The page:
Luke Brunning, Natasha McKeever

Research output: Contribution to journalArticlepeer-review


Asexuality is overlooked in the philosophical literature and in wider society. Such neglect produces incomplete or inaccurate accounts of romantic life and harms asexual people. We develop an account of asexuality to redress this neglect and enrich discussion of romantic life. Asexual experiences are diverse. Some asexual people have sex; some have romantic relationships in the absence of sex. We accept the common definition of asexuality as the absence of sexual attraction and explain how sexual attraction and sexual desire differ by giving an affordance‐like account of sexual attraction. Armed with that distinction, we show that asexuality is clearly different from celibacy or disorders of desire and that some existing philosophical theories of sexual desire struggle to accommodate asexual sexuality. We then build on asexual testimony about the diversity of non‐sexual attractions to answer two common objections levelled at asexual romance: that romantic relationships require sexual attraction or that sex in the absence of sexual attraction is insufficiently focused on someone as an individual. Finally, we describe some of the ways asexuality has been erased or denigrated in society, and the specific injustices and harms that result.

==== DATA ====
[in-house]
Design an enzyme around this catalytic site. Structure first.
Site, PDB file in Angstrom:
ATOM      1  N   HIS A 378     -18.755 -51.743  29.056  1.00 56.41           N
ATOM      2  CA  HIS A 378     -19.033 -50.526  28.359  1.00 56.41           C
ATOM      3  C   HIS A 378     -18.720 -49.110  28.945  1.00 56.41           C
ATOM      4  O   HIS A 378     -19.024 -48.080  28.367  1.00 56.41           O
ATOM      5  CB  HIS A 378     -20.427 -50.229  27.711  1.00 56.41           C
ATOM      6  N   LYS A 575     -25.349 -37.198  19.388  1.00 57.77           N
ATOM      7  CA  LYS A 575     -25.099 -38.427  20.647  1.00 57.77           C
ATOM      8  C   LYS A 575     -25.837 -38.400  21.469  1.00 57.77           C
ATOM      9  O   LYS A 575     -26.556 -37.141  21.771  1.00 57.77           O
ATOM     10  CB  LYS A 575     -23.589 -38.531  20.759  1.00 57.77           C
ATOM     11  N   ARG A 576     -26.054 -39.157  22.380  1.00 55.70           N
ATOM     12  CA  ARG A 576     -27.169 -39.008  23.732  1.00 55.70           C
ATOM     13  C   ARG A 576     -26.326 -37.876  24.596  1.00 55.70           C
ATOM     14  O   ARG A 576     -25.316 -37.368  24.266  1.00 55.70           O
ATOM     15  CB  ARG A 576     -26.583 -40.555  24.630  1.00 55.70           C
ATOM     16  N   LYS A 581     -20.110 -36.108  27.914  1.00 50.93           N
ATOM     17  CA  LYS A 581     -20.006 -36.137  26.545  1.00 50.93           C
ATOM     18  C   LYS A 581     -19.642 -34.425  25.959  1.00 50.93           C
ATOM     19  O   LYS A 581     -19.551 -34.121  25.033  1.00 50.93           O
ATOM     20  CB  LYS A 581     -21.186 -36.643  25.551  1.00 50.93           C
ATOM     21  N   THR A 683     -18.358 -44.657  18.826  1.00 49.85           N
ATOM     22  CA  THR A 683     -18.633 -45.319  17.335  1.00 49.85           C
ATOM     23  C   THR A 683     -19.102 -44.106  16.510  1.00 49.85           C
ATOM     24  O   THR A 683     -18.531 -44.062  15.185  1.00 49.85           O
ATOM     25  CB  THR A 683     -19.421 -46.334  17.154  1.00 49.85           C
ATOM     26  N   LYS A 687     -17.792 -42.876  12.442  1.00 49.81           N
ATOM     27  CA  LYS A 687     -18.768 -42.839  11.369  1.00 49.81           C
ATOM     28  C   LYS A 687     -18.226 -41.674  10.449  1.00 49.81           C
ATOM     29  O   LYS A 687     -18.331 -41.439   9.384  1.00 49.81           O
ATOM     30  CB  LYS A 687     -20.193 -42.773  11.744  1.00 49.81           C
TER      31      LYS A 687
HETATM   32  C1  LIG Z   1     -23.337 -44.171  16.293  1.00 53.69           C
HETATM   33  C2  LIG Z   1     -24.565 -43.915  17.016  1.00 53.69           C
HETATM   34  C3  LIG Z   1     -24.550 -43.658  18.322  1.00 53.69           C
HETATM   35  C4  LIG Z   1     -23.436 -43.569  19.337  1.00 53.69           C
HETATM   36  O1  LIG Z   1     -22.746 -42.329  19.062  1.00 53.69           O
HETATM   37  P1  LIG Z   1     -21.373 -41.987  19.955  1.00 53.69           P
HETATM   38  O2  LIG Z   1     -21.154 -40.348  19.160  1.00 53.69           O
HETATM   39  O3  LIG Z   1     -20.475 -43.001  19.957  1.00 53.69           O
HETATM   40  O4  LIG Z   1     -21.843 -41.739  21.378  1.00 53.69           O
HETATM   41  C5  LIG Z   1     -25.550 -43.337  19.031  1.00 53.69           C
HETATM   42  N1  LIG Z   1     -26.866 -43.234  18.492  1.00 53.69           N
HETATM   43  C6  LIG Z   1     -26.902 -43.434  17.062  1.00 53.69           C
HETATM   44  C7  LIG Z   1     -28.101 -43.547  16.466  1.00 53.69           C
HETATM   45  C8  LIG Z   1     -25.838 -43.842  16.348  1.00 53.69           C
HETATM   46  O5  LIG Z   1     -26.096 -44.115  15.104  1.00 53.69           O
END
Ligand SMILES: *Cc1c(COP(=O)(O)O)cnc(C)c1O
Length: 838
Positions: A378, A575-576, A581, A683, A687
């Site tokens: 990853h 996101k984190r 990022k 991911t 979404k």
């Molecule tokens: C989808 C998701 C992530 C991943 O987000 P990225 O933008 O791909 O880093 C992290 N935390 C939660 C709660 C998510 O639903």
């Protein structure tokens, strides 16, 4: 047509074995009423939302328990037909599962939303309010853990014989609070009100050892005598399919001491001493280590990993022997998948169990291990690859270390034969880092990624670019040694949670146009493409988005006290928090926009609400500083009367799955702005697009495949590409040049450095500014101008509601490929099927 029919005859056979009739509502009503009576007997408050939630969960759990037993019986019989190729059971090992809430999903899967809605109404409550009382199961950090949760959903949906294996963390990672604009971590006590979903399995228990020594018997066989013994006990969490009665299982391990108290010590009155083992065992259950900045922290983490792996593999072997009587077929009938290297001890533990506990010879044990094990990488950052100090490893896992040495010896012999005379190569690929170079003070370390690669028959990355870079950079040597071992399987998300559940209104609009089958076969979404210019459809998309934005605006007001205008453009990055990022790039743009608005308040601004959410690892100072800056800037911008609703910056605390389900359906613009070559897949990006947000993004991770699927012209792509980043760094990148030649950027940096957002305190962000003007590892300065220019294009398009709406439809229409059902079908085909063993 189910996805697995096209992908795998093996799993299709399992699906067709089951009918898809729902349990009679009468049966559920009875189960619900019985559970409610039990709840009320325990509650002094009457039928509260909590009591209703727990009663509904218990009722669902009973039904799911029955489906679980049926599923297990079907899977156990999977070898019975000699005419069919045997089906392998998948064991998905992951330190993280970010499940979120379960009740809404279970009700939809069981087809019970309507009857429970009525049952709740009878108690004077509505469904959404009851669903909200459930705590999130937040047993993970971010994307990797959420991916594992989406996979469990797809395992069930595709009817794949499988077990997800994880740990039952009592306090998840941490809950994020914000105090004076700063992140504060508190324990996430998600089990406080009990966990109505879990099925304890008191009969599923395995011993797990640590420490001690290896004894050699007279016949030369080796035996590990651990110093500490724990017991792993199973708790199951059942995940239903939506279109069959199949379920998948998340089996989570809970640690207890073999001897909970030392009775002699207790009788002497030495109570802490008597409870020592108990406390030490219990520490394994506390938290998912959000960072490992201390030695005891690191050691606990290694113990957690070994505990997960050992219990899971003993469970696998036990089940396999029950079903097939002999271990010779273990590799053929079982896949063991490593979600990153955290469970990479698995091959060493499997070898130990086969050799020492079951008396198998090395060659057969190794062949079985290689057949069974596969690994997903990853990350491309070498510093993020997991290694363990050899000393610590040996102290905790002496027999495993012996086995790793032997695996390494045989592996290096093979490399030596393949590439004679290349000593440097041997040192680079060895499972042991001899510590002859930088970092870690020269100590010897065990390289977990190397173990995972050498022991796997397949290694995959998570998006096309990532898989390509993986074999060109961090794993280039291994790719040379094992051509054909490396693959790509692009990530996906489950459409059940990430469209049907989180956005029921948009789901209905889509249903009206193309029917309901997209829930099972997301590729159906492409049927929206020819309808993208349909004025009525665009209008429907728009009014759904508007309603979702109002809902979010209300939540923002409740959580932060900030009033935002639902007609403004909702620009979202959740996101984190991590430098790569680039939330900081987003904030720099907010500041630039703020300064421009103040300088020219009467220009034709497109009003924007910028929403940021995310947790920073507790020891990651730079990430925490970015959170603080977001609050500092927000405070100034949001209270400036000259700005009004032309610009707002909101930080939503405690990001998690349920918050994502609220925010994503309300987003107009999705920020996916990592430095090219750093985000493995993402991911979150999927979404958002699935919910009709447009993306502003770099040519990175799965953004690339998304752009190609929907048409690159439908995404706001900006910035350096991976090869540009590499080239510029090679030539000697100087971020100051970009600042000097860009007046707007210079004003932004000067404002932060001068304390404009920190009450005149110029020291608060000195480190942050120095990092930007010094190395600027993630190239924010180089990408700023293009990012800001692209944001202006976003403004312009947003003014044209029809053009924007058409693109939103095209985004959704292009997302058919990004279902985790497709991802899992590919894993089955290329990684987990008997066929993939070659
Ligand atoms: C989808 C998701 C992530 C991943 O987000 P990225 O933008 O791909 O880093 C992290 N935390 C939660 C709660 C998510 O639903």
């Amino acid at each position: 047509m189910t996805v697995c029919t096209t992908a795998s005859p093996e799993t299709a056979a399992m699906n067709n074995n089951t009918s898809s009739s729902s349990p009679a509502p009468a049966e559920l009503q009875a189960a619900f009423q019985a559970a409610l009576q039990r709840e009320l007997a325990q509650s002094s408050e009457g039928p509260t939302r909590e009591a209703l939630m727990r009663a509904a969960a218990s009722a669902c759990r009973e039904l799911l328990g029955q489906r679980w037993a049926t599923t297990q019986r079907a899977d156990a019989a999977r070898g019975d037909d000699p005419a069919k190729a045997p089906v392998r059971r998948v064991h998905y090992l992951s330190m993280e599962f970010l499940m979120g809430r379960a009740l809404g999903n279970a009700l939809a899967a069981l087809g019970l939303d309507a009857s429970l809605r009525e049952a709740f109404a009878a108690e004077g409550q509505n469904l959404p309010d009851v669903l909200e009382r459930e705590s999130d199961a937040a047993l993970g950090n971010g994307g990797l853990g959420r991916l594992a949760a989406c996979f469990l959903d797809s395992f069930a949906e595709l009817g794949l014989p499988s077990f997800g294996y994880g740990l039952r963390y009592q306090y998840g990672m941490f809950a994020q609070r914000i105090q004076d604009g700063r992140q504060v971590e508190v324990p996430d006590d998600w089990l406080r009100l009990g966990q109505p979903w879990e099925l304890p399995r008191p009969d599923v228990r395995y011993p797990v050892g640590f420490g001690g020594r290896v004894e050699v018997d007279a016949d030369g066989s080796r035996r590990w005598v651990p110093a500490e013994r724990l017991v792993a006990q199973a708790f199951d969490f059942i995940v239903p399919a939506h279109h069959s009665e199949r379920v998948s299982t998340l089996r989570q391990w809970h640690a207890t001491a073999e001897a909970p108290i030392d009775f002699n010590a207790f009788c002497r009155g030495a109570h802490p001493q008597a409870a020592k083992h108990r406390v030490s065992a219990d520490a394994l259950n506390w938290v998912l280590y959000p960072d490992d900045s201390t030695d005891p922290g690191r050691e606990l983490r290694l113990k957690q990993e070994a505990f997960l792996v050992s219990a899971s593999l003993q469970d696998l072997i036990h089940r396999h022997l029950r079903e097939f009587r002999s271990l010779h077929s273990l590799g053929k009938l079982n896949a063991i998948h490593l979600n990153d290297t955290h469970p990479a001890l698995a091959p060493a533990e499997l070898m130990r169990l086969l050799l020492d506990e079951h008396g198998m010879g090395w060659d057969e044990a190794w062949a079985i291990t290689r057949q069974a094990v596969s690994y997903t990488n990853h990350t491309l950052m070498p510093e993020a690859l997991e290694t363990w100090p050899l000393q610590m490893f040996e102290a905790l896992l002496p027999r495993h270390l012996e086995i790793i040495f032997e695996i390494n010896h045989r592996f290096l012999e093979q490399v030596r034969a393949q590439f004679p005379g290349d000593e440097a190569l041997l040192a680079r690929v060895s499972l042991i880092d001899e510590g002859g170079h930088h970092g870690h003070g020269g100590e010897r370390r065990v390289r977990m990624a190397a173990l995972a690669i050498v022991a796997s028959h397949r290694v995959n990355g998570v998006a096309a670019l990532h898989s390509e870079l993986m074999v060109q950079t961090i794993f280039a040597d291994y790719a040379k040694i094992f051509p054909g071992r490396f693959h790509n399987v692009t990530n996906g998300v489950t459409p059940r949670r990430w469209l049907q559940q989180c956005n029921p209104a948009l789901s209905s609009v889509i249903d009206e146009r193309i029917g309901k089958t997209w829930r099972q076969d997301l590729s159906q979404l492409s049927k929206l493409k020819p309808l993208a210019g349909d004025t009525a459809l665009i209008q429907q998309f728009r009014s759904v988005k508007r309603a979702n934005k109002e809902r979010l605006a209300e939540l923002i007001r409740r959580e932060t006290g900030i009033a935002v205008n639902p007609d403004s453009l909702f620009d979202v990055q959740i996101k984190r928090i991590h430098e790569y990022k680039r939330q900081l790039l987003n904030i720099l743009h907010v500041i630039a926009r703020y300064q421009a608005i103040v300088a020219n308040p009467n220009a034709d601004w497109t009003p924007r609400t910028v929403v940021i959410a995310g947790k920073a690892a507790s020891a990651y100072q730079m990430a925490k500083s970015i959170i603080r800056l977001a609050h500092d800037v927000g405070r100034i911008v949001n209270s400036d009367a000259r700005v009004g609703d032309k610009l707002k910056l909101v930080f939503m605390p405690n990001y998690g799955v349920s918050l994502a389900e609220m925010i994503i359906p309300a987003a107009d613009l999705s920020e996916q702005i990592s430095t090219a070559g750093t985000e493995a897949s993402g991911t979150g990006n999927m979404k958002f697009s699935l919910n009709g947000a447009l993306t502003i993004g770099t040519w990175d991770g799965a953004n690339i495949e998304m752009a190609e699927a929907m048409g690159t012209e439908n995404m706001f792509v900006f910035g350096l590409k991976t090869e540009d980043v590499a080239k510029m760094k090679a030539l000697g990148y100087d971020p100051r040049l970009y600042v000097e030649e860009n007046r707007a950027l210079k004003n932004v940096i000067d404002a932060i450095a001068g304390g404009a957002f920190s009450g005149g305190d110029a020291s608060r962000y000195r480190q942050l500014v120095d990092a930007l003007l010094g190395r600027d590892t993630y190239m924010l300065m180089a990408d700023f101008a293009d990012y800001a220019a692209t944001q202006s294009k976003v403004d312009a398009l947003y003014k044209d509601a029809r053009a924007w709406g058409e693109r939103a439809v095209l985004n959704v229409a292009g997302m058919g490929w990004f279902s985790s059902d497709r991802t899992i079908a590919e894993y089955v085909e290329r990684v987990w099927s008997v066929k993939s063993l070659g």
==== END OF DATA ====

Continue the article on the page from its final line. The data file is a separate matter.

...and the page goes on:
Original languageEnglish
Number of pages21
JournalJournal of Applied Philosophy
Publication statusE-pub ahead of print - 13 Oct 2020


  • Asexuality
  • Sexual desire
  • Sexual attraction


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